In response to the requests of a number of navigation course teachers, I will be including a few posts with some ideas for navigation related exercises.
Exercise 1 – To Find Latitude From The Altitude Of The Pole Star (Polaris).
- This exercise can only be conducted in the northern hemisphere since the Pole Star is not visible in the southern hemisphere.
- A site on a north facing coast or other suitable area with an unobstructed view of the northern horizon is necessary.
- The exercise should be planned to take place when there is sufficient twilight for the horizon to be visible.
Working in pairs, measure the altitude of the Pole Star using a clinometer or other suitable device. How to make a clinometer?
Calculate the latitude by the following method. (Refer to the diagram below the calculations).
Let O represent the position of the observer on the Earth’s surface.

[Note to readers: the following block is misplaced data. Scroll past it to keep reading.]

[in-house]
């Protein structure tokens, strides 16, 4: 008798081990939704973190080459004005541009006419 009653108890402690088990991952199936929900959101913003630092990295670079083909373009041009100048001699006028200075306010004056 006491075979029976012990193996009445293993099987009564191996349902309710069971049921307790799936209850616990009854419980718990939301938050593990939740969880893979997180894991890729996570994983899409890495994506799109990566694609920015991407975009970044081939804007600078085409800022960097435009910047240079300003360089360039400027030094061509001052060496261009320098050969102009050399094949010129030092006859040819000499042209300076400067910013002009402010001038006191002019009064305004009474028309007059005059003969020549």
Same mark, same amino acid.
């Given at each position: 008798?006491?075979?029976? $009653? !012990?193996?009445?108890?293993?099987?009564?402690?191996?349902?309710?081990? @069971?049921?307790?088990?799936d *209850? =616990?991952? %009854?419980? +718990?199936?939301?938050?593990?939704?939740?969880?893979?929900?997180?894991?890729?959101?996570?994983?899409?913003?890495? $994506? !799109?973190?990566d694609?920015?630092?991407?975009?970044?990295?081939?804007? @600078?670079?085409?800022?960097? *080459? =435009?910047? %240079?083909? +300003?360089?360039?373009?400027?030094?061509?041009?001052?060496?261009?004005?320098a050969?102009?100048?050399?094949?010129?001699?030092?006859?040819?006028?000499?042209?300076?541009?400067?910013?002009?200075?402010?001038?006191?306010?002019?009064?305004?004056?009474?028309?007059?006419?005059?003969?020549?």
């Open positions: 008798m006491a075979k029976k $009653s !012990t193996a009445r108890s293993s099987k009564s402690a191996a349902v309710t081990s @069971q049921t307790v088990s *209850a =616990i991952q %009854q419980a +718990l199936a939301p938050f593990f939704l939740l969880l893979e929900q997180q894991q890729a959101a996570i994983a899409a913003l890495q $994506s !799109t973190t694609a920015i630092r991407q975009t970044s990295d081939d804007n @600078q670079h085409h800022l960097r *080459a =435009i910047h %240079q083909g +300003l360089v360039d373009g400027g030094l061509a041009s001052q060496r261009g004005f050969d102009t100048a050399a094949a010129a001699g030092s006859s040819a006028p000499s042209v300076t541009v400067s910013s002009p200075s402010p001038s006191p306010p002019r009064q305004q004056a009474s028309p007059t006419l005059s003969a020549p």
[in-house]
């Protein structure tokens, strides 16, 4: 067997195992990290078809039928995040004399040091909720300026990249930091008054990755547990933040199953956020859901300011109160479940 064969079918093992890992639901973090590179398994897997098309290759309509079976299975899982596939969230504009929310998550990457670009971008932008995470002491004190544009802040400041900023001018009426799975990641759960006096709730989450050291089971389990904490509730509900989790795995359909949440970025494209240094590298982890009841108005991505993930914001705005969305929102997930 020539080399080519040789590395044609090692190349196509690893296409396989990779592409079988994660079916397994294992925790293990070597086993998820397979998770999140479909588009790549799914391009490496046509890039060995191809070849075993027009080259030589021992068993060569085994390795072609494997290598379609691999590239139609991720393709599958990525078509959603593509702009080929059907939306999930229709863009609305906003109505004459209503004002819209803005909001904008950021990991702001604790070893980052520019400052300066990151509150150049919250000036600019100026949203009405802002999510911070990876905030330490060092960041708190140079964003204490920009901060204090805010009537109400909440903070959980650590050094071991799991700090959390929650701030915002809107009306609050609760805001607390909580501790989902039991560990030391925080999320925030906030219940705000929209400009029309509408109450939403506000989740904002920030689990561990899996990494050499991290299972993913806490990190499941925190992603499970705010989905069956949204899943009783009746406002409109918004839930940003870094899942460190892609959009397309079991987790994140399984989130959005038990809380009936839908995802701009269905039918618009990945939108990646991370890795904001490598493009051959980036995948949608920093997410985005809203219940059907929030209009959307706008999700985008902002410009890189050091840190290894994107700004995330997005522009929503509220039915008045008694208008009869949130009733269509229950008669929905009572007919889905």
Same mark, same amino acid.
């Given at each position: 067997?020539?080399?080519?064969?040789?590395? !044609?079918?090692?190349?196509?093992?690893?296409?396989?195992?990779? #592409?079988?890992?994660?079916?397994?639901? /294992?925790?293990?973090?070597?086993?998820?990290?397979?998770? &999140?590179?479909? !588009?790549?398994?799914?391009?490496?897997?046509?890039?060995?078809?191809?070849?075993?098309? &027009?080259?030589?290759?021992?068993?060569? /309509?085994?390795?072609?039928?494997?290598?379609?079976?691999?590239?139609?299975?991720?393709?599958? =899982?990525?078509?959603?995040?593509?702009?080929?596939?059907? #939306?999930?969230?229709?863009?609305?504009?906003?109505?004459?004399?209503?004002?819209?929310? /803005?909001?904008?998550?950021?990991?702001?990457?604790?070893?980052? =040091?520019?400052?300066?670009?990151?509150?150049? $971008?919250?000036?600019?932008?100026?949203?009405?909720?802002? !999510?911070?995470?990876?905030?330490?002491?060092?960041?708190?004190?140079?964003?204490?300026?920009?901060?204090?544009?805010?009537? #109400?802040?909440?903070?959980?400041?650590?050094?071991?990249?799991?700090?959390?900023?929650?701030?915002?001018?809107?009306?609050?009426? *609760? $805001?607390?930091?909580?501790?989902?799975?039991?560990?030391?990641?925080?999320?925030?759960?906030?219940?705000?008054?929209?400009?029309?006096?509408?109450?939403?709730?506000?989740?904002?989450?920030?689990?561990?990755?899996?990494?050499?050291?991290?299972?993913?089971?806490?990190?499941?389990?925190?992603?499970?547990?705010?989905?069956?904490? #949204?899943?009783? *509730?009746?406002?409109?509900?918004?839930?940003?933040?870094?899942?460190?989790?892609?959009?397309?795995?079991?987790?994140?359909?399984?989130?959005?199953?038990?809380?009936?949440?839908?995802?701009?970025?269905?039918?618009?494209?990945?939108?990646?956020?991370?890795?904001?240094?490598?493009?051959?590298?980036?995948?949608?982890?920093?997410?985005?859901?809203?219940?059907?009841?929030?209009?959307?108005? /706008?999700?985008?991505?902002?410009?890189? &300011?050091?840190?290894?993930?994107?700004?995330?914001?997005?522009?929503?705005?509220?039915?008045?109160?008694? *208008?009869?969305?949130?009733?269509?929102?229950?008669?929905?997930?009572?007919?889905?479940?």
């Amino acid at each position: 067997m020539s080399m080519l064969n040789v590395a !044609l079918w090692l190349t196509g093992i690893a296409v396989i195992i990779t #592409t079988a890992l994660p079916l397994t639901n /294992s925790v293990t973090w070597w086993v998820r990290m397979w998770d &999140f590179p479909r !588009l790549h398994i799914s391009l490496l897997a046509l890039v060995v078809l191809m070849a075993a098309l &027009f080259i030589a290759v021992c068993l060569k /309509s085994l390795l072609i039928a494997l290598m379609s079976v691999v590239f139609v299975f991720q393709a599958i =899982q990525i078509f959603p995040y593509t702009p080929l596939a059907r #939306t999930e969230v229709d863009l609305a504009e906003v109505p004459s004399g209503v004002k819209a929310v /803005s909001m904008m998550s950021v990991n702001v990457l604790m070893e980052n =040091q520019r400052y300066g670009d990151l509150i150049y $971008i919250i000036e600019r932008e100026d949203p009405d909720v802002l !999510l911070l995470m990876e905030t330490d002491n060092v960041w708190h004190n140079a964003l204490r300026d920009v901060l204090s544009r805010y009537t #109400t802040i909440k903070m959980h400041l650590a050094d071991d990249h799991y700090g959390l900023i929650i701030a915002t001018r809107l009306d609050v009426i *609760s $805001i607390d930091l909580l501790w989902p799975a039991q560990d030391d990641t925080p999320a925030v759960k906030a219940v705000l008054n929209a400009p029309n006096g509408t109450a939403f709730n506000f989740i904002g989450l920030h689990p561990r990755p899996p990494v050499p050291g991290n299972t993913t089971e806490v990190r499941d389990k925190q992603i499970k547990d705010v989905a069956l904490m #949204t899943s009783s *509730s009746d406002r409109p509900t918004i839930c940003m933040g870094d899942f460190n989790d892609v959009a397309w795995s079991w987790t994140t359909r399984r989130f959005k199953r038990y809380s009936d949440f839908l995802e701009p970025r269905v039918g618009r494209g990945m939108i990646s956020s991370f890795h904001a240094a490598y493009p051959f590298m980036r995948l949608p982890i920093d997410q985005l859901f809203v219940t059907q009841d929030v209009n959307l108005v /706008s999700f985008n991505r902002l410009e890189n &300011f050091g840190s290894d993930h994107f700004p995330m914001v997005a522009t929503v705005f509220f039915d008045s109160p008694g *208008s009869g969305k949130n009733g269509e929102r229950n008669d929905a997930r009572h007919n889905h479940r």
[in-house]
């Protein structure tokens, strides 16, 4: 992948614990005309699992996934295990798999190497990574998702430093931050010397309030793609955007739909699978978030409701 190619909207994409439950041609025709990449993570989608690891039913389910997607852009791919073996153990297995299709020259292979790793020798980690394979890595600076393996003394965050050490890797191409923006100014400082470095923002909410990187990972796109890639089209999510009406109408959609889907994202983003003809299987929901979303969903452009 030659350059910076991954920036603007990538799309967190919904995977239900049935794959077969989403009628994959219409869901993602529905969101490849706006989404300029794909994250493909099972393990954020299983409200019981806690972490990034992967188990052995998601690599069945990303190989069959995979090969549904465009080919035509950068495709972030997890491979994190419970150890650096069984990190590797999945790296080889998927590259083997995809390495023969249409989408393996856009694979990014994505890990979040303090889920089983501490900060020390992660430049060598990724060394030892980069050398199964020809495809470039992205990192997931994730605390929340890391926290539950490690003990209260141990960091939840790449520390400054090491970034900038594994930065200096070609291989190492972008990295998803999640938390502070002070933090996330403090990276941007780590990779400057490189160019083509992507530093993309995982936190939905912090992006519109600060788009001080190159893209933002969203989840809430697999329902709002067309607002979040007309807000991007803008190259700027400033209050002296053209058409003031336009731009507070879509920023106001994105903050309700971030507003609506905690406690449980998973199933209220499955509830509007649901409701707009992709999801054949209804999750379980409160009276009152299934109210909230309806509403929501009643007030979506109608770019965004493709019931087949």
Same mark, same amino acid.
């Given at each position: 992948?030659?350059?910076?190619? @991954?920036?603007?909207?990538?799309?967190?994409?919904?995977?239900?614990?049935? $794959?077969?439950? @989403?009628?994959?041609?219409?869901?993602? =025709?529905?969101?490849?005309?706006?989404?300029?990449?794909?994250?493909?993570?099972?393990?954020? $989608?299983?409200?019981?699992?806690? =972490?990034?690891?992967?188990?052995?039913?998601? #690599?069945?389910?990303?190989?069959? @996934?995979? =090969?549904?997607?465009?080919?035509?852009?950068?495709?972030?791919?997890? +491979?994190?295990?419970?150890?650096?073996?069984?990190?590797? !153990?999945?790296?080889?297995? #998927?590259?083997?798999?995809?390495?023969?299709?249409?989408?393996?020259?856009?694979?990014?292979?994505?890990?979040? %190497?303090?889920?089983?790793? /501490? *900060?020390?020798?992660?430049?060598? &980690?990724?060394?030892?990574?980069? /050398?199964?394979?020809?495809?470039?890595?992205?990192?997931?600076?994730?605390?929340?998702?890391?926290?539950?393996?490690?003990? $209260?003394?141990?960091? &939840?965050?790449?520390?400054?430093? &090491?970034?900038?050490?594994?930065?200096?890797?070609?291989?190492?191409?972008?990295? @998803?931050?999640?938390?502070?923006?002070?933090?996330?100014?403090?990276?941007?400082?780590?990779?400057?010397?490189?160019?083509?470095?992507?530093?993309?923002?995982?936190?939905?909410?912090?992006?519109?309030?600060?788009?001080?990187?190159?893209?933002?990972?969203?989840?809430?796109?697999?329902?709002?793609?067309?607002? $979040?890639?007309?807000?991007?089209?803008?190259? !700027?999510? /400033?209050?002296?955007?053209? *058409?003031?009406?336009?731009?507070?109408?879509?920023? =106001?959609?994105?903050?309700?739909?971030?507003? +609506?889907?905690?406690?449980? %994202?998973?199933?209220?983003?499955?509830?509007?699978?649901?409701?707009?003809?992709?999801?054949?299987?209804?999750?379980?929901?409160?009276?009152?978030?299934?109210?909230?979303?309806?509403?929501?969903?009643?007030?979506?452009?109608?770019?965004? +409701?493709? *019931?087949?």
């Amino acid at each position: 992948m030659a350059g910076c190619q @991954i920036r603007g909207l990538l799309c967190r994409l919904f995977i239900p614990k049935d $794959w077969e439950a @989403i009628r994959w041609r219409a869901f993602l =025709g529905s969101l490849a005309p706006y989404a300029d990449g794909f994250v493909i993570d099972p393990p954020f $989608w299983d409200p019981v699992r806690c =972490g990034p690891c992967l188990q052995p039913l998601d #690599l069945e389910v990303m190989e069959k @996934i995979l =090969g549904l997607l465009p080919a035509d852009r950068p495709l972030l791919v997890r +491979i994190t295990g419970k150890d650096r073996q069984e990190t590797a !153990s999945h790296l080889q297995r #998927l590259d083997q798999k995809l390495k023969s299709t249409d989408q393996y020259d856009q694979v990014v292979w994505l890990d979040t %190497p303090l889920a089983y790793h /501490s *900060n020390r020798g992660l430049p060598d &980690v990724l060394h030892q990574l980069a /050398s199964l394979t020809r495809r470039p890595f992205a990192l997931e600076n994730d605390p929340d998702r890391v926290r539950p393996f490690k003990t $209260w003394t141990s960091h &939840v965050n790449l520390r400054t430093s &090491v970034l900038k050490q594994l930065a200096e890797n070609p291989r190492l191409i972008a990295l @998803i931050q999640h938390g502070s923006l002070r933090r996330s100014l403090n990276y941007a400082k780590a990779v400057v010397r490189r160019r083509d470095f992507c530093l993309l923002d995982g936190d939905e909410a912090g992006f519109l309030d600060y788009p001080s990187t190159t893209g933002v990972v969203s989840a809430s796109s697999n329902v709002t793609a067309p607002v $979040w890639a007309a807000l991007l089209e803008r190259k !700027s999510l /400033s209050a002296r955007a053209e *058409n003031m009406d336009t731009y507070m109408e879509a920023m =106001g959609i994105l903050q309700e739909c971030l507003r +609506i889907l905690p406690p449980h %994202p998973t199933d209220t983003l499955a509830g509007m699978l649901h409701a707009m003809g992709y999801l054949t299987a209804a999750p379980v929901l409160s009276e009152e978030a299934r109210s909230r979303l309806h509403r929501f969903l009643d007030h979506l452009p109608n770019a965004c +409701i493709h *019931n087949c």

Let P represent the direction to the Pole Star.
Let H1OH2 represent the horizon.
Let WSE represent the Equator.
Let C represent the Earth’s centre.
Let angle POH1 (altitude of the Pole Star) = 50o
Then angle SOH2 = 50o (opposite angles)
angle COS. = 40o (complementary angle)
angle CSO = 90o (since S is on the Equator (0o) and PS is perpendicular to the Equator).
angle OCS = 50o (angles in a triangle)
Conclusions. Angle OCS represents the latitude of the observer and angle POH1 represents the altitude of the Pole Star. Since these two angles are equal, we can deduce that the altitude of the Pole Star is equal to the latitude of the observer.
For more detailed information relating to this topic refer to my book Astro Navigation Demystified.
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